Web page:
There is no denying that Americans, in general, have access to some of the best healthcare anywhere in the world. However, that doesn’t mean the healthcare system is perfect. Several significant healthcare challenges are facing the country today. Combined, they limit access to care, result in poor health outcomes for select groups of people, and have implications far beyond the industry.
Racial Healthcare Disparities
Generations of unequal access to healthcare have created stark differences in health outcomes across racial and ethnic lines. The susceptibility of certain minority groups to COVID-19 has only made these disparities more evident. The sad truth is that large segments of the population do not have access to quality medical care. Many people argue that only a complete overhaul of the current healthcare system can address these inequalities. As it stands, current obstacles to care include:
- Lack of financial resources, including adequate insurance
- Language barriers in communicating with healthcare workers
- A lack of facilities in remote geographic areas
- Healthcare providers who do not understand cultural practices and religious traditions
Substance Abuse and Addiction
Substance abuse is not a new problem. It was included as part of the Healthy People 2020 and 2030 priority lists. While it has been around for generations, the increased availability and dangerous potency of synthetic drugs have turned it into a crisis. While public health efforts need to focus on preventing substance use disorders, including drug and alcohol abuse, that is not enough. They also must increase the rate at which those already living with addiction receive care for their condition. Public health professionals recognize that addiction is a disease. Prevention efforts at the school and community level can increase awareness of it while also removing the stigma often associated with a diagnosis.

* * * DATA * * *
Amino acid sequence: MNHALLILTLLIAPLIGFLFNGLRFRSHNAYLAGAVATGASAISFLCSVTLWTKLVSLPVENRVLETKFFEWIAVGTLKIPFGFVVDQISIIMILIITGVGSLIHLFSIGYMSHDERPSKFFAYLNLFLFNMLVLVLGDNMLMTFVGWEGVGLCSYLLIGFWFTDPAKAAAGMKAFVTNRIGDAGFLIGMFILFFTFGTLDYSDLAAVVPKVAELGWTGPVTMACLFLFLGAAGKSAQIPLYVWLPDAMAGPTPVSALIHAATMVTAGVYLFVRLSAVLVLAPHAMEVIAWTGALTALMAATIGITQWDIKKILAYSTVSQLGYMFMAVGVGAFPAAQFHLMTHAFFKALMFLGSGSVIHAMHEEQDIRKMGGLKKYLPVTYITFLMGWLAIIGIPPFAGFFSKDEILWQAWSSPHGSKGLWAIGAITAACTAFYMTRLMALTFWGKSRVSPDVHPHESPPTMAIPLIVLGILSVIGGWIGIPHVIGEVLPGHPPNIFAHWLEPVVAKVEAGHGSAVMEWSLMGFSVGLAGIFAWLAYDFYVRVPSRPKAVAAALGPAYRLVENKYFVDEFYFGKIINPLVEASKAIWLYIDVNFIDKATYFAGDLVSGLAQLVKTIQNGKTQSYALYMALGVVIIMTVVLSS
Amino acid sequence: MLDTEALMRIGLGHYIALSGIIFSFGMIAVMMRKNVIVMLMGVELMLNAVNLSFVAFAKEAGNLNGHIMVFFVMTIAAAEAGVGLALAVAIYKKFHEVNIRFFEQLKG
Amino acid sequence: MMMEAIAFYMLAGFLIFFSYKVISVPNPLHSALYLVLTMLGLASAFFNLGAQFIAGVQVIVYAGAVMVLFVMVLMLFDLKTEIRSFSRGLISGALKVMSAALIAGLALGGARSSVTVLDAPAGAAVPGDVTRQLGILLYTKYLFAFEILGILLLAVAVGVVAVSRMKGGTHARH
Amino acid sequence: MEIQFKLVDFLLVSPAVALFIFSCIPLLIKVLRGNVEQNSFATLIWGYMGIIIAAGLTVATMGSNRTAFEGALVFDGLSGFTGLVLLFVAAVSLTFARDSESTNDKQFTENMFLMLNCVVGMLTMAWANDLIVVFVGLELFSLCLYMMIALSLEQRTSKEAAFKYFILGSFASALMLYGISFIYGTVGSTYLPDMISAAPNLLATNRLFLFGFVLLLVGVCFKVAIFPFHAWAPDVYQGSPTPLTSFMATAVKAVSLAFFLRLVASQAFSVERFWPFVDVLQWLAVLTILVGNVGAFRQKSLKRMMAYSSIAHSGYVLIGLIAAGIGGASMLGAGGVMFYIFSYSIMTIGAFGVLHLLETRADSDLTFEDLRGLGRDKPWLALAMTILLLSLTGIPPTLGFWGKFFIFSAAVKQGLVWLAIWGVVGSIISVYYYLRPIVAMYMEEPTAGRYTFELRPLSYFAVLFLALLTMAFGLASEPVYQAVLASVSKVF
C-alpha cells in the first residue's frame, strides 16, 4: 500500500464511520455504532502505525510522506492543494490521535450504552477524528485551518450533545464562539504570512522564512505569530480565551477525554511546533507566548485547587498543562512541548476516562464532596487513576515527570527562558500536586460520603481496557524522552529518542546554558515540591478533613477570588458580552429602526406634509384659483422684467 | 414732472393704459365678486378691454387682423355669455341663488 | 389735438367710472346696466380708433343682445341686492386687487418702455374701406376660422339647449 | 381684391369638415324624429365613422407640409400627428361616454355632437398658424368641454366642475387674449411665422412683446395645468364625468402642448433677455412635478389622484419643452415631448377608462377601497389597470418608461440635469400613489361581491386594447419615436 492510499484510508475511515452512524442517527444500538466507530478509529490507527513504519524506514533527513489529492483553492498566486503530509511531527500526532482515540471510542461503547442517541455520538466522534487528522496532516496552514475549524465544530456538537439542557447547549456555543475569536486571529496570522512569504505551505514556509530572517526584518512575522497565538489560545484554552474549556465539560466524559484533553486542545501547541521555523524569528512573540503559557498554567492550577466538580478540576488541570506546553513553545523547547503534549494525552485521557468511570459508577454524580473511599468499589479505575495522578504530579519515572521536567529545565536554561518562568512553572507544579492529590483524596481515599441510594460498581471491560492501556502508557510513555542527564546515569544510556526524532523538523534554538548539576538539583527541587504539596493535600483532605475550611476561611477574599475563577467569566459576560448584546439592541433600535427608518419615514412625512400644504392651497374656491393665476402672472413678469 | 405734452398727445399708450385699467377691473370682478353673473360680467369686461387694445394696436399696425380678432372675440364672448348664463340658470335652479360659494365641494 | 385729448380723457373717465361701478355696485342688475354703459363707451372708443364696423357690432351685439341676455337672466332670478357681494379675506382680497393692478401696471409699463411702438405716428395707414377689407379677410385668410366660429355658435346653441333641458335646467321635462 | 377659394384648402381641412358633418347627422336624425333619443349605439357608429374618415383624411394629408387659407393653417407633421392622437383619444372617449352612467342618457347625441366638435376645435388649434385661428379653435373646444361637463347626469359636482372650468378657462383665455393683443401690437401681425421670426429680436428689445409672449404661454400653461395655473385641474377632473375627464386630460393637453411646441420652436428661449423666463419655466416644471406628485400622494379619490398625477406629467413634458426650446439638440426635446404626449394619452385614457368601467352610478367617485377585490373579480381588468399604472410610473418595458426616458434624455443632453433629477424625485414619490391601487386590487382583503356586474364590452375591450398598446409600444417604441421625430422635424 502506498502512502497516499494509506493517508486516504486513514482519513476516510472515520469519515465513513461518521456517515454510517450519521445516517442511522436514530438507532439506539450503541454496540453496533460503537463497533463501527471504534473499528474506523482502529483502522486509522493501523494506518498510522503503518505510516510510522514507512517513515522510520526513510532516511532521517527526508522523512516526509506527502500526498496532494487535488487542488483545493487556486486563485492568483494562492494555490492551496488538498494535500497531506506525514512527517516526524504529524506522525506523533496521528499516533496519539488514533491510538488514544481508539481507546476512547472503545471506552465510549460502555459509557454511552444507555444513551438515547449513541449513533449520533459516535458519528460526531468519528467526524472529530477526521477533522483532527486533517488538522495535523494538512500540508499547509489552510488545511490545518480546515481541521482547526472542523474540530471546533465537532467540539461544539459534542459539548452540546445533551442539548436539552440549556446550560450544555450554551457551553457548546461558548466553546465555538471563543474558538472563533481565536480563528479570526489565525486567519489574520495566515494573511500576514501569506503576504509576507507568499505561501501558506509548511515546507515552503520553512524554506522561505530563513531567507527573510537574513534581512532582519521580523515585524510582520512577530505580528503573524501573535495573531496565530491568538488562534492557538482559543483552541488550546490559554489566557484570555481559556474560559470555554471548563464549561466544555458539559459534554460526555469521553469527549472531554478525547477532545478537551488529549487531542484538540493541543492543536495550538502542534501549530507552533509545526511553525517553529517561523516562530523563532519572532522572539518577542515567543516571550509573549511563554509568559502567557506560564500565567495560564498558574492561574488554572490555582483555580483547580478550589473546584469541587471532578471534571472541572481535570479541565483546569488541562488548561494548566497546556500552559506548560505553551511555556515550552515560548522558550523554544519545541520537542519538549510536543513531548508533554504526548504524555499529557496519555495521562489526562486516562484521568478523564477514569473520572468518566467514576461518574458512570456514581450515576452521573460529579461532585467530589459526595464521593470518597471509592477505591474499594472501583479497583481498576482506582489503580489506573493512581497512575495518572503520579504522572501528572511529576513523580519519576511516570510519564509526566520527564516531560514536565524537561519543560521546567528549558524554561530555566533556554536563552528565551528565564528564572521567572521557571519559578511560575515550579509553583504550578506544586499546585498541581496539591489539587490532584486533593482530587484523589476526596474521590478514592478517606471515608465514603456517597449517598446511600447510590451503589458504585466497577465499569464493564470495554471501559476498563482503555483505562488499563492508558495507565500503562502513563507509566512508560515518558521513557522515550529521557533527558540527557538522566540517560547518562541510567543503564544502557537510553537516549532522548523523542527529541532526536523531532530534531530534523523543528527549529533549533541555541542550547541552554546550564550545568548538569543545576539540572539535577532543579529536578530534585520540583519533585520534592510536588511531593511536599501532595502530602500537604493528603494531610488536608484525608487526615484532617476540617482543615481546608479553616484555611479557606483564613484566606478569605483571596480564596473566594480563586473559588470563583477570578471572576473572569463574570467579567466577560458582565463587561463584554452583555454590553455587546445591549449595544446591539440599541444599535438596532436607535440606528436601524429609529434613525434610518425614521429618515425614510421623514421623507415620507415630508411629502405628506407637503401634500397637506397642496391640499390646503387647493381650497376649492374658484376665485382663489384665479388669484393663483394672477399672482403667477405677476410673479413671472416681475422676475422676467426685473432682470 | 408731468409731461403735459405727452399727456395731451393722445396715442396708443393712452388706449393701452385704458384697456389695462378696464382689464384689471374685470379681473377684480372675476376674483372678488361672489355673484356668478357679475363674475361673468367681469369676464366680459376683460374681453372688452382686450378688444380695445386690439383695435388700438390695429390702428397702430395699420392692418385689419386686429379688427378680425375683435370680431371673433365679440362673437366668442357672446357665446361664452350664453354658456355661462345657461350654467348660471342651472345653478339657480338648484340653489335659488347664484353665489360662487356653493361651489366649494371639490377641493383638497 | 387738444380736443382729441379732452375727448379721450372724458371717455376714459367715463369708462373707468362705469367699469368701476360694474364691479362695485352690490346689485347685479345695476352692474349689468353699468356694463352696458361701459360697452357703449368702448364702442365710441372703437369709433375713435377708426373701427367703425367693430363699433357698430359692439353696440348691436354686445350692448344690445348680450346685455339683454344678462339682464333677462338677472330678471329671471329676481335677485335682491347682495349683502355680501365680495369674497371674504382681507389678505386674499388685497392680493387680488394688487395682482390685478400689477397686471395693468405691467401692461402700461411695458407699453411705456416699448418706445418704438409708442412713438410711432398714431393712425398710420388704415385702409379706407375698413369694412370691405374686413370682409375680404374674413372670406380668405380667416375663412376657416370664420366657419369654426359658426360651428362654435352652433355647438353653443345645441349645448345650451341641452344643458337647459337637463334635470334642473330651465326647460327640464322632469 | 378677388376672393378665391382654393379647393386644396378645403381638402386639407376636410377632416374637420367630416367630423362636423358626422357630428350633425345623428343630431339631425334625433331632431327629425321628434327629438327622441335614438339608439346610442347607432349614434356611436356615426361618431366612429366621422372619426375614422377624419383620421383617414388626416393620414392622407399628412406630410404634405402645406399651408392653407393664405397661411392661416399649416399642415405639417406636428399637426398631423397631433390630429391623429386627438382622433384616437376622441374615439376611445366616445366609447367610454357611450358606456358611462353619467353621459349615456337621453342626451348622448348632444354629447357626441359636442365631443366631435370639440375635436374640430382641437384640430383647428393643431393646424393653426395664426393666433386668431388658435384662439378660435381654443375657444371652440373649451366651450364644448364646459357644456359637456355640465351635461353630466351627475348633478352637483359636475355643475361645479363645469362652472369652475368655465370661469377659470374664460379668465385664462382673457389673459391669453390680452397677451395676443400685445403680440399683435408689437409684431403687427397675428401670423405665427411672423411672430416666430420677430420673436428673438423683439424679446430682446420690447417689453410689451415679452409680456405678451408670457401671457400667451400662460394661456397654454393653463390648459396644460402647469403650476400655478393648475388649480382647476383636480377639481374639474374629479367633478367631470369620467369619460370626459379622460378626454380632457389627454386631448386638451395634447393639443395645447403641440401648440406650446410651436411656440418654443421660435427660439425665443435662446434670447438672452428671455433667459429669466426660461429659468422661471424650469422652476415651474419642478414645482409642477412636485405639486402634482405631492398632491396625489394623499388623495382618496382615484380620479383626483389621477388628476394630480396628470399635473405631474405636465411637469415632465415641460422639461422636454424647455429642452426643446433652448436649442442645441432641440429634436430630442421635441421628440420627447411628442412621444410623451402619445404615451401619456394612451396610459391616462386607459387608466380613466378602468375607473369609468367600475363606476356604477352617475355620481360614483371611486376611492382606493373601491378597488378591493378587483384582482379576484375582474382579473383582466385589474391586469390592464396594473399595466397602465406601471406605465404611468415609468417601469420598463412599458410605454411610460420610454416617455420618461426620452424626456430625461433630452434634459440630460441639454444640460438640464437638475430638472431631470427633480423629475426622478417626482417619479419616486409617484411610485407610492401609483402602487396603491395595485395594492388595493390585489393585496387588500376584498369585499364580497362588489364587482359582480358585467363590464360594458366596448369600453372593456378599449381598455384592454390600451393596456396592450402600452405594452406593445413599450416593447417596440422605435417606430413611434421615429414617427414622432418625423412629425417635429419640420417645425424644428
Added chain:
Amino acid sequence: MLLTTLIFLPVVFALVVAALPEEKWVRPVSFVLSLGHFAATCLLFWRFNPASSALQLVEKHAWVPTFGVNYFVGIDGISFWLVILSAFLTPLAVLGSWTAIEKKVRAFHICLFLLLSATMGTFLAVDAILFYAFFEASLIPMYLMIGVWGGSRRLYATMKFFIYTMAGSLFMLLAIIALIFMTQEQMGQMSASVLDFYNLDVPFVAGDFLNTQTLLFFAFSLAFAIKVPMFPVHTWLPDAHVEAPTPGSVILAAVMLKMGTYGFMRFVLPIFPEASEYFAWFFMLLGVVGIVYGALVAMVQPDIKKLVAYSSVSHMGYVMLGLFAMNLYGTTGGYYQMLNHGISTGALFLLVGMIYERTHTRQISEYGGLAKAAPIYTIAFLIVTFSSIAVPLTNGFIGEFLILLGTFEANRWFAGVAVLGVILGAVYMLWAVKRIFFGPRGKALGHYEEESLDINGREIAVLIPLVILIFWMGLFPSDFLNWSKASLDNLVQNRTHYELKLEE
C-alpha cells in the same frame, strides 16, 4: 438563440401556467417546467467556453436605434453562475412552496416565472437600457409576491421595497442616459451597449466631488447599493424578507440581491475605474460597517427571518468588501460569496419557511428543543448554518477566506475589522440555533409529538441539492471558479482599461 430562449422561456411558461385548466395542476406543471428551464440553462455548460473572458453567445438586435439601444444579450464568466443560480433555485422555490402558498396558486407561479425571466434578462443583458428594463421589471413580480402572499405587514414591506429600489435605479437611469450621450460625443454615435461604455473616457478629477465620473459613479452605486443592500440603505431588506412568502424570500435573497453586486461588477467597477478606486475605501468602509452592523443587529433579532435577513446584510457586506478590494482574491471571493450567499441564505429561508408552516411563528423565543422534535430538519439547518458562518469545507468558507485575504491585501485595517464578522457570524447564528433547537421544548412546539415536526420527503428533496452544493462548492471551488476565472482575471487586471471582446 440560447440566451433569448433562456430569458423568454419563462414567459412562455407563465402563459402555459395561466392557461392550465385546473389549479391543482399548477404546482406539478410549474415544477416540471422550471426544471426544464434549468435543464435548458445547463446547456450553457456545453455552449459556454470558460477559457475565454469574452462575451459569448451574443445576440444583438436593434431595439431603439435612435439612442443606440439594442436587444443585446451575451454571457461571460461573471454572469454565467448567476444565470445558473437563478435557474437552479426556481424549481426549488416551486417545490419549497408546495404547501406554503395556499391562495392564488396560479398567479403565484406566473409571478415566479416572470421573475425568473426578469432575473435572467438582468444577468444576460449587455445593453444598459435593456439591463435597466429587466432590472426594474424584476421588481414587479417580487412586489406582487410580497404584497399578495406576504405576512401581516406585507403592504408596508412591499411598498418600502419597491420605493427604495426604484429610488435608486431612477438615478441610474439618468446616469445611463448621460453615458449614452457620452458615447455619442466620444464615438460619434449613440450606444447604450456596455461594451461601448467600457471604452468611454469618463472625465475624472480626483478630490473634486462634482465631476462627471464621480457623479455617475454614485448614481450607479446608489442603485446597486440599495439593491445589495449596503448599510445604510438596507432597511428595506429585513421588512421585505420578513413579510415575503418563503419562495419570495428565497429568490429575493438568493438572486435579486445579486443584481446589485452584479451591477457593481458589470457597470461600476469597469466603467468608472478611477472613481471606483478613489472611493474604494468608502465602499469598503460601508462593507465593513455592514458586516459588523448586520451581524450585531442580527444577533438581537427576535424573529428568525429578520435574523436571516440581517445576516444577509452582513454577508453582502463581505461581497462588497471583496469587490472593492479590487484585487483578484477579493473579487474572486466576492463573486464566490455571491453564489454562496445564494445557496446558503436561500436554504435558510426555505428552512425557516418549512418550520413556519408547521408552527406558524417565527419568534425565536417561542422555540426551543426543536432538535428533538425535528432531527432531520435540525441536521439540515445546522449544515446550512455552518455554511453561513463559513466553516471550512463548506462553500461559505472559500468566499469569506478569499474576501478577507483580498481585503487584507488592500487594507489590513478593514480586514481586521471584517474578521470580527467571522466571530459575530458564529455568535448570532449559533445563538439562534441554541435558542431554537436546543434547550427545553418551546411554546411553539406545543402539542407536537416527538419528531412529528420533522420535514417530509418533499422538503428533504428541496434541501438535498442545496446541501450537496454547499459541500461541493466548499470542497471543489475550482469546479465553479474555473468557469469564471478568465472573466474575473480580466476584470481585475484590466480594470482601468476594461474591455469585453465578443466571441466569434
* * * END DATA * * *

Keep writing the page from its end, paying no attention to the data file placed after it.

Even though America is one of the wealthiest nations in the world, its wealth is not evenly distributed. Millions of Americans face food insecurity — meaning they do not have access to enough food for every household member to live a healthy and active life. Massive layoffs this year and the loss of free meals previously provided by school systems exacerbated the problem for many families with young children. This is a serious public health problem because, without adequate nutrition, health, and educational outcomes decline.
Long-Term Effects of Violence
More people have become aware of the field of public health in 2020, in large part due to the ongoing pandemic. While it is not a new area, it does have to be looked at in the context of time and place. To get a career overview and consider a public health nursing career is also to consider how social upheaval and ongoing exposure to violence will impact mental and physical health. According to the National Institute of Health, some of the long- and short-term effects include:
- Disruption of sleep patterns
Changes in cognitive function
- Increased rates of depression
- Dissociation, or a disconnect with your surroundings, friends, and family
- The tendency to inflict self-harm or engage in other destructive behavior
There is increasing awareness of health as a public issue. Many people face barriers to healthy living that are beyond their control. How Americans choose to face and overcome those barriers will define the state of public health in the country for future generations.